A Beginner’s Guide to Window Treatments

Imagine a window that is just glass. Pretty naked, right? But humans have an innate need to decorate things. And so they invented window treatments.

What exactly is a window treatment? Granted, it’s a bit of a decorator’s language that isn’t used much outside of interior design circles. But even if you don’t know the term, you probably know examples – blinds, blinds, curtains or shutters.

It’s a varied list, and there are also endless variations within each category. Often the options can seem overwhelming. So here’s a beginner’s guide: an overview of the different types of window treatments, what they do, and what to consider when deciding what will work in your home.

Types of window treatments

Technically, a window treatment is any decorative or functional item that you hang, secure, or place on or around your window. Decorating and design professionals generally divide window treatments into two types: hard and soft, depending on the material they are made of.

Harsh Window Treatments

Bill Oxford/Getty Images

As the name suggests, rigid window treatments – aka “window furniture” – are made of durable materials. In the beginning there was wood; these days, there are also vinyl, synthetic, and even metal options.

The two basic styles of rigid window treatments are:

  • Blinds, a series of hard slats or louvers (usually horizontal, but sometimes vertical) connected by cords or a “ribbon” of fabric that allow them to tilt – i.e. to open up or down close – to varying degrees. Additionally, the blinds themselves can be raised or lowered.
  • Shutters, essentially a pair of slatted doors which are fitted into the window frame with hinges which allow them to be opened and closed; in some elaborate cases, they come in several sections, which fold up and stack flush with the wall, like an accordion.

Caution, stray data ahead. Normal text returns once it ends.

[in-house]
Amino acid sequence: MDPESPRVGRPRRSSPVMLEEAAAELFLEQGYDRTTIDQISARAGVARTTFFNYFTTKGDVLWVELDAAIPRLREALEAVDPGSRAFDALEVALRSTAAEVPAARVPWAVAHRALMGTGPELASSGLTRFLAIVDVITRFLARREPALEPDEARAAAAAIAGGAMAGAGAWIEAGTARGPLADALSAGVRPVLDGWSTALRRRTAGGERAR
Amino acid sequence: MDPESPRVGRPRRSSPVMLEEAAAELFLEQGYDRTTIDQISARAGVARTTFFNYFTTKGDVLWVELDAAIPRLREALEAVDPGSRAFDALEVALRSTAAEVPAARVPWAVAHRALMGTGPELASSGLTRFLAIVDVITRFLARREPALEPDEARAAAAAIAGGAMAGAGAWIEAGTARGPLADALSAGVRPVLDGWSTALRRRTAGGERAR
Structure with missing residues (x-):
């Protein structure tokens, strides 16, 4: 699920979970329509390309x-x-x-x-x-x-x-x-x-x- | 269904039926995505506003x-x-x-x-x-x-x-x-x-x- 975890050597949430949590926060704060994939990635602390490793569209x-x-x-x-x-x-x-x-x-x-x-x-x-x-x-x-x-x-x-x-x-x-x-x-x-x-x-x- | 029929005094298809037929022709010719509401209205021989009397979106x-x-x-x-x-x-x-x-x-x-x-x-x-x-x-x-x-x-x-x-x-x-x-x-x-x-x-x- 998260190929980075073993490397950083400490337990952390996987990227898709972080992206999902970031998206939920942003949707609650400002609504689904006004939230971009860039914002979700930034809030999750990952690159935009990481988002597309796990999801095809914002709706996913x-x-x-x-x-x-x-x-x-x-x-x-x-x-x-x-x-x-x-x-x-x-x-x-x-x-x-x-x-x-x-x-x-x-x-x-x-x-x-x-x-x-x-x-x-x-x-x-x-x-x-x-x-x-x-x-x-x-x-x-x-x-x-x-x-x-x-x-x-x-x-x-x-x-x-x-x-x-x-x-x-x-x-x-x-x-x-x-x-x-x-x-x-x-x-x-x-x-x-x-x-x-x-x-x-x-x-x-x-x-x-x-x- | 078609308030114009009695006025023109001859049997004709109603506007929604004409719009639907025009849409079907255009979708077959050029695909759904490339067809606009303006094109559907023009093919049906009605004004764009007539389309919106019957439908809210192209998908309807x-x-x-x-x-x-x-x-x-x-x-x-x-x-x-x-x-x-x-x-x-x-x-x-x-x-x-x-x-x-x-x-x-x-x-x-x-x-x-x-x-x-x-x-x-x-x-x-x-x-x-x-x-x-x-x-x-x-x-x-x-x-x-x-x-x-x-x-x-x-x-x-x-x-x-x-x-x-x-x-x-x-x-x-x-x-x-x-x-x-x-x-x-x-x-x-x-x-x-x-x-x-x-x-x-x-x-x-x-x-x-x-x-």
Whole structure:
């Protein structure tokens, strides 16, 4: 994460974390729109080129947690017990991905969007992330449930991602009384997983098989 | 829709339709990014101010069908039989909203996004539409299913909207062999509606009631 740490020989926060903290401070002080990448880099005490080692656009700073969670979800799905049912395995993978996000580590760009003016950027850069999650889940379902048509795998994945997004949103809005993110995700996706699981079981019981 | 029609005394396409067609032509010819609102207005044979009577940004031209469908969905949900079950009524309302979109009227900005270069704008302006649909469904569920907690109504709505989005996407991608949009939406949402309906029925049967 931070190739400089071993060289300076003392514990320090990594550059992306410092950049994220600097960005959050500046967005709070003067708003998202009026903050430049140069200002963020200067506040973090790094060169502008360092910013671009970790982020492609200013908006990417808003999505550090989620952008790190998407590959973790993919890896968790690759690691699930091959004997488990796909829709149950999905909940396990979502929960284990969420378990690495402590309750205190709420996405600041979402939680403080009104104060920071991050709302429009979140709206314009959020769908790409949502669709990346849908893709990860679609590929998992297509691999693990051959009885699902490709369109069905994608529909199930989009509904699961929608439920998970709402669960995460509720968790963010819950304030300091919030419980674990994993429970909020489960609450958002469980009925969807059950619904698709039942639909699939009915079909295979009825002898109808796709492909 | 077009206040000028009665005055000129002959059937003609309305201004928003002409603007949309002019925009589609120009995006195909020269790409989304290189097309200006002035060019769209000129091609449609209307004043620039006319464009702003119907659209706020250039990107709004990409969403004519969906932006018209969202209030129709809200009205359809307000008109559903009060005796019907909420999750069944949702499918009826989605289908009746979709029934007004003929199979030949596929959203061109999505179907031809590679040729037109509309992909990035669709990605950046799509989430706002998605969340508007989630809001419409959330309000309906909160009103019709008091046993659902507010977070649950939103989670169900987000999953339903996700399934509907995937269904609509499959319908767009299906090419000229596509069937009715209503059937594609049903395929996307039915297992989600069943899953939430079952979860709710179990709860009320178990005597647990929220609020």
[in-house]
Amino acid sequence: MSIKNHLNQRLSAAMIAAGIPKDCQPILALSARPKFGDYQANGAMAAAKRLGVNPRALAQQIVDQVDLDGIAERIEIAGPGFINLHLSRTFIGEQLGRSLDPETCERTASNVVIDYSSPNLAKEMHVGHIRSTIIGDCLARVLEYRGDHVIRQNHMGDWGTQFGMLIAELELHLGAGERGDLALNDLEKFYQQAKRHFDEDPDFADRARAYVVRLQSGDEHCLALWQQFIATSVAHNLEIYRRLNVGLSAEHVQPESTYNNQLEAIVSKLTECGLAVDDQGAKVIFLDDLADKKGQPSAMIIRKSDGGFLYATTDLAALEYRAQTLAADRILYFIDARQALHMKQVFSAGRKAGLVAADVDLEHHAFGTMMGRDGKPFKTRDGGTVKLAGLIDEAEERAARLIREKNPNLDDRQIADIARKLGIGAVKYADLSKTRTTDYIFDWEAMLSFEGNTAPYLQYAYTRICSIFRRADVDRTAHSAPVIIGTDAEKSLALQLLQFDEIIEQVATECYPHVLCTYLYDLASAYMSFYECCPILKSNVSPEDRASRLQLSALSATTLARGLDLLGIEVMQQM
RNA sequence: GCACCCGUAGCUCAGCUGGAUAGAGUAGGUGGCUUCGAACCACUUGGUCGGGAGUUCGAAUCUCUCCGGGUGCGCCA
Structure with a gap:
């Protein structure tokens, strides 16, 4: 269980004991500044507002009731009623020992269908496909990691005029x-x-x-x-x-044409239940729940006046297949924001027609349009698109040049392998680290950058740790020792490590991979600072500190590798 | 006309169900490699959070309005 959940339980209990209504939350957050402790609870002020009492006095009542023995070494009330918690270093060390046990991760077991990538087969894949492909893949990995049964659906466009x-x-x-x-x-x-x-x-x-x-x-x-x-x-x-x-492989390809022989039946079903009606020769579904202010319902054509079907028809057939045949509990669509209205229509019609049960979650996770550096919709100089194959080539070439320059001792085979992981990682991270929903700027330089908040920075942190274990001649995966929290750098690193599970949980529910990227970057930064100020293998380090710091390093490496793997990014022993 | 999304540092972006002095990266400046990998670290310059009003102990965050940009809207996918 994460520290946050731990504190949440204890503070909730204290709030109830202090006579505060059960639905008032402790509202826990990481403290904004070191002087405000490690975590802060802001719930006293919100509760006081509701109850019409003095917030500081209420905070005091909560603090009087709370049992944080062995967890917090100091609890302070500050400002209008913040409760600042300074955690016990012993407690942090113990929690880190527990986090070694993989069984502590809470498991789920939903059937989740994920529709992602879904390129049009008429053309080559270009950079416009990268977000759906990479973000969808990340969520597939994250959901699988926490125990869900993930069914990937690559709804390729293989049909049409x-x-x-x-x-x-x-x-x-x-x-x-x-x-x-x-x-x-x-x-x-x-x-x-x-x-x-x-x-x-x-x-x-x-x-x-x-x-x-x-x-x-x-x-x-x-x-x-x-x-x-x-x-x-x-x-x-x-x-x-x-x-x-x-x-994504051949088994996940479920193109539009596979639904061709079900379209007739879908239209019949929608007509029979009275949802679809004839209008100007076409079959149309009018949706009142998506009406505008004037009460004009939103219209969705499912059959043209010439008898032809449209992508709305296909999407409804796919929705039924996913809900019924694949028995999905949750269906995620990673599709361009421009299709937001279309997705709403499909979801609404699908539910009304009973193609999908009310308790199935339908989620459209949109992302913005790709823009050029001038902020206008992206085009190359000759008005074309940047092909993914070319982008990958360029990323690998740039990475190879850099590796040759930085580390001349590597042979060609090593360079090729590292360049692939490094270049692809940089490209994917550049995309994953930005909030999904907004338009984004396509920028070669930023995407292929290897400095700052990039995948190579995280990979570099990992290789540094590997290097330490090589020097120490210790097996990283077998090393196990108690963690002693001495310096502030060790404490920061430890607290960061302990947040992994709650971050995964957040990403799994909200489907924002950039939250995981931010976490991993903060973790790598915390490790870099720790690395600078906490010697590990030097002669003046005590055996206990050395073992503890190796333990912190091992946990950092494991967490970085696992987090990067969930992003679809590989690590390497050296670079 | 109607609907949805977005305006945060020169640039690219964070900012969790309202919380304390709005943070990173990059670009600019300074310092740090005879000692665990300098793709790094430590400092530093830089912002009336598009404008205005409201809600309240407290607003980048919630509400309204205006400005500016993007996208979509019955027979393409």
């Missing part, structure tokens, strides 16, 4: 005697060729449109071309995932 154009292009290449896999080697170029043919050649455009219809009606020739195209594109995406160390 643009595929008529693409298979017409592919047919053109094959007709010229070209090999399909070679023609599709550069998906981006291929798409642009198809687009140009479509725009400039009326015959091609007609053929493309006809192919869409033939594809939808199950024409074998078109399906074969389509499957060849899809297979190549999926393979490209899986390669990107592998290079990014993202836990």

Soft Window Treatments

An airy room with a flowing curtain

Soft window treatments are made of fabric; so if hard treatments are furniture for the window, they could be considered clothing for the window. They also fall into two main styles:

  • Curtains or drapes are panels of fabric, hung from a rod, that run the full length of the window – or, in the case of cafe curtains – the top or bottom half of it. People often use the terms interchangeably, but technically curtains are heavier and thicker than curtains and are lined. The two, however, usually come in pairs and sweep horizontally across the window.
  • shades are made from one long piece of material and either wrap around rollers or fold like an accordion. They work similarly to blinds, raising or lowering to expose the window.

You sometimes see blinds classified as hard window treatments, due to the substance they are made of. or for example, cellular shades are composed of three-dimensional geometric cellular air pockets made from insulated synthetic materials. Then there are shades made from woven woods like bamboo or grasses (an ancient technique in Asia, though relatively new in the West). Technological advancements have blurred the lines between hard and soft.

Decorative Window Treatments

The main types of window treatments are intended to cover or expose the glass. But some styles stay in place above the window and are purely decorative (although they often serve to hide hardware).

  • Valances are garlands of fabric suspended around the top and top sides of a window frame.
  • Cornices are hollow box-like structures that are mounted on top of the window frame.

Again, due to the materials they are made of, valances are classified as “soft” treatments and cornices as “hard”, although both can work with blinds, shades, draperies and curtains.

What’s new in window treatments?